Fig. 13.

Storm-relative composite of the difference in (a) total 850-hPa wind speed (m s−1) and (b) 850-hPa temperature advection (10−4 K s−1) between future and current climates (future − current) for strong storms 12 h prior to peak intensity. Contours are shaded every 0.5 m s−1 in (a) and every 0.25 × 10−4 K s−1 in (b). Other features are as in Fig. 6.

Fig. 13.

Storm-relative composite of the difference in (a) total 850-hPa wind speed (m s−1) and (b) 850-hPa temperature advection (10−4 K s−1) between future and current climates (future − current) for strong storms 12 h prior to peak intensity. Contours are shaded every 0.5 m s−1 in (a) and every 0.25 × 10−4 K s−1 in (b). Other features are as in Fig. 6.

Fig. 14.

Storm-relative composites of the difference in the total 10-m wind speed between future and current climates (future − current) for (a) strong and (b) moderate storms at the time of peak intensity. Contours are shaded every 0.25 m s−1 in (a) and every 0.1 m s−1 in (b). Other features are as in Fig. 6.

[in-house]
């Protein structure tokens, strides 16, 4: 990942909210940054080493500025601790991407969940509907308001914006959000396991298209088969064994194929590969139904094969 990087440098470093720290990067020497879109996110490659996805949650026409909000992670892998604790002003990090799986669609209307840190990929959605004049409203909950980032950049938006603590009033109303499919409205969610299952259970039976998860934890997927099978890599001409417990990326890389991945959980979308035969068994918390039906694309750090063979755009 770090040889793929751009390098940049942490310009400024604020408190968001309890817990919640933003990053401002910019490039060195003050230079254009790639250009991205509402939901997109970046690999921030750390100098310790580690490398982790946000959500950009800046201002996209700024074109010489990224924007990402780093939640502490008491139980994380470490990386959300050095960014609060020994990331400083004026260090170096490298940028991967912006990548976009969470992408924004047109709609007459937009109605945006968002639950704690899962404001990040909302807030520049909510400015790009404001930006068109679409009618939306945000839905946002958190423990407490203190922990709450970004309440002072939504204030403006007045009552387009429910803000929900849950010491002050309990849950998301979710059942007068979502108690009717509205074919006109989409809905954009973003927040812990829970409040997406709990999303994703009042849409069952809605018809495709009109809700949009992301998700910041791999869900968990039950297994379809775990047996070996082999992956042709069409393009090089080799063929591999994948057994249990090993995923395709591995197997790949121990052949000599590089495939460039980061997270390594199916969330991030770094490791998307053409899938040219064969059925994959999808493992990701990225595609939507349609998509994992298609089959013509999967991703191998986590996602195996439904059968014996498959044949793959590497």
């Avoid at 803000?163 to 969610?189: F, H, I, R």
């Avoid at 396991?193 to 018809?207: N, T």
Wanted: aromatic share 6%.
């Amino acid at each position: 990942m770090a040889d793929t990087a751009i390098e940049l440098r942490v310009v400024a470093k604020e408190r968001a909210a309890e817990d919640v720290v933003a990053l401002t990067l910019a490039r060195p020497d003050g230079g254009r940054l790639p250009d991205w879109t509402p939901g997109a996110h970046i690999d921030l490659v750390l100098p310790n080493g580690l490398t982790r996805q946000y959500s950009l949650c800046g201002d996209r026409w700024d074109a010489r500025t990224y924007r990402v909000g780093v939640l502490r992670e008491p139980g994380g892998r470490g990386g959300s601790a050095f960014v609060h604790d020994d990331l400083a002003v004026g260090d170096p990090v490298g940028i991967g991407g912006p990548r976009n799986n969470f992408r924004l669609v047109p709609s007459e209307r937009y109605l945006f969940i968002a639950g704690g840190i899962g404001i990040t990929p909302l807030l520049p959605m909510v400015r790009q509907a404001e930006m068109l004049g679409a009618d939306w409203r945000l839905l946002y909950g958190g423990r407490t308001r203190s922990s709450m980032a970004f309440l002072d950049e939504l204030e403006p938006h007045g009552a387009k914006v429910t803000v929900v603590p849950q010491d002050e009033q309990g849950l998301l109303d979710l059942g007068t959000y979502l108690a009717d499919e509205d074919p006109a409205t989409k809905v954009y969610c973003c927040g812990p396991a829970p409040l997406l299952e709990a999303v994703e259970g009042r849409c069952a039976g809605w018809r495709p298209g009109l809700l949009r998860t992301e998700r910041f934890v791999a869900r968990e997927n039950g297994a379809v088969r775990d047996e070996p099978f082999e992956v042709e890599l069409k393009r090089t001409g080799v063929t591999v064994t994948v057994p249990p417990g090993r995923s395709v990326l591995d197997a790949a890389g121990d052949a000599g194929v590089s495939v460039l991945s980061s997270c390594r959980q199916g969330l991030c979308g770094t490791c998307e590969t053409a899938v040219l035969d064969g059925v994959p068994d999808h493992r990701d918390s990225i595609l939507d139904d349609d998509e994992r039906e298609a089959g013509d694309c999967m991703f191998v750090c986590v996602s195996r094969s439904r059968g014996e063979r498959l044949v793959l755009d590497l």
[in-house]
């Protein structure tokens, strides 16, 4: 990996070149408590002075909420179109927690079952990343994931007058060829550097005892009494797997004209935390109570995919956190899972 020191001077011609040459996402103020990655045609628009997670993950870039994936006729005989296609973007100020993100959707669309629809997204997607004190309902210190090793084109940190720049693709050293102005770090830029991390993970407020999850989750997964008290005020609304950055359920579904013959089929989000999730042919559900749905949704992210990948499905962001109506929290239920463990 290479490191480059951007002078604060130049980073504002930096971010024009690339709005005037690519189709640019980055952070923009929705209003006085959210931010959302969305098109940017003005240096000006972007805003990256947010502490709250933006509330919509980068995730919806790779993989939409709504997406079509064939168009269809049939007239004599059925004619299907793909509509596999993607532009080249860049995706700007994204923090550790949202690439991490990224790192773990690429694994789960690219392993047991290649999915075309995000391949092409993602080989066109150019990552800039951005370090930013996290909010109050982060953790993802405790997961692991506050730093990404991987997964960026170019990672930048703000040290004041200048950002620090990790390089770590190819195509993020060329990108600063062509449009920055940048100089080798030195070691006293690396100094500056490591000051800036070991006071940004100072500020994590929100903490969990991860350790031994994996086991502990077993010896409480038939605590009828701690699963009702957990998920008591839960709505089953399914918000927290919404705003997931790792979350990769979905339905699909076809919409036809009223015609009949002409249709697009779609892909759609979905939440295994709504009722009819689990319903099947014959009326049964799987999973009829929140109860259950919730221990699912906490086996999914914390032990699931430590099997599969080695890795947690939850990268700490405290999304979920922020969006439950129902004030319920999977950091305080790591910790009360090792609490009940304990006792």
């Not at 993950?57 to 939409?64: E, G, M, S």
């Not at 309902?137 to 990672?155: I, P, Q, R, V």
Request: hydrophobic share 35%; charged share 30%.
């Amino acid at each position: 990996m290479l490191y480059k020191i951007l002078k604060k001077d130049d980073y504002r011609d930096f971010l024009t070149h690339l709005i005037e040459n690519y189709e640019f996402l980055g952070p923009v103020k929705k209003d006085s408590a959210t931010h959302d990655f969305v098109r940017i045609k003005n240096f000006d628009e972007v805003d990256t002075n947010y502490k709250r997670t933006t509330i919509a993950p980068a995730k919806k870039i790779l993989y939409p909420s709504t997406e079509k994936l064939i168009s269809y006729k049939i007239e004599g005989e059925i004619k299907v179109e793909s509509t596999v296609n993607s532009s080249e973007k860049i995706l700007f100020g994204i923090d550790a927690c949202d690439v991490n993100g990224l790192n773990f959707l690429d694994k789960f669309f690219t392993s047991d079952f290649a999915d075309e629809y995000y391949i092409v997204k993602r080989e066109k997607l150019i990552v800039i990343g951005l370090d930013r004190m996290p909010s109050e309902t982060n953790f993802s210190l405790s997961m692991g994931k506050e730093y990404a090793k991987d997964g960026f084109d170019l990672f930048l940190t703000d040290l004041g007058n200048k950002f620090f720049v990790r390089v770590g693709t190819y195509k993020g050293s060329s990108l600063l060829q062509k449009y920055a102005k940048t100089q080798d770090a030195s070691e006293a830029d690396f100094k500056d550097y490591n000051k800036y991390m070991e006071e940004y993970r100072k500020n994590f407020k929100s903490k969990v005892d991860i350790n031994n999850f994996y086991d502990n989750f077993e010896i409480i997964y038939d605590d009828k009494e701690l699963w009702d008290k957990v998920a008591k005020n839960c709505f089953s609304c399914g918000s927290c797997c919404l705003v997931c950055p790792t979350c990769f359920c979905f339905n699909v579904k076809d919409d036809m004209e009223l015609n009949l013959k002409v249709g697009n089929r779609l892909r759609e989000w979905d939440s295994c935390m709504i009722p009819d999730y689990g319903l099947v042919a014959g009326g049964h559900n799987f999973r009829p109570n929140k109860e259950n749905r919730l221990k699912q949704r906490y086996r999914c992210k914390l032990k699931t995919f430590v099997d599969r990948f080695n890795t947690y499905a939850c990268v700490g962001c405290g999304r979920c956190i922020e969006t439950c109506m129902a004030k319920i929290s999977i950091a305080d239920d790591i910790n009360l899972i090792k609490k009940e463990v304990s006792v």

Fig. 14.

Storm-relative composites of the difference in the total 10-m wind speed between future and current climates (future − current) for (a) strong and (b) moderate storms at the time of peak intensity. Contours are shaded every 0.25 m s−1 in (a) and every 0.1 m s−1 in (b). Other features are as in Fig. 6.

Fig. 15.

Difference between future and current simulations (future − current) in the number of times a grid point exceeded (a) 10-m wind speed of 34 kt (=17.5 m s−1 = 39 mph) and (b) a 6-hourly precipitation rate of 38 mm (1.5 in.) over the 10 winter seasons. Contours are shaded every 15 in (a) and every 1 in (b).

Fig. 15.

Difference between future and current simulations (future − current) in the number of times a grid point exceeded (a) 10-m wind speed of 34 kt (=17.5 m s−1 = 39 mph) and (b) a 6-hourly precipitation rate of 38 mm (1.5 in.) over the 10 winter seasons. Contours are shaded every 15 in (a) and every 1 in (b).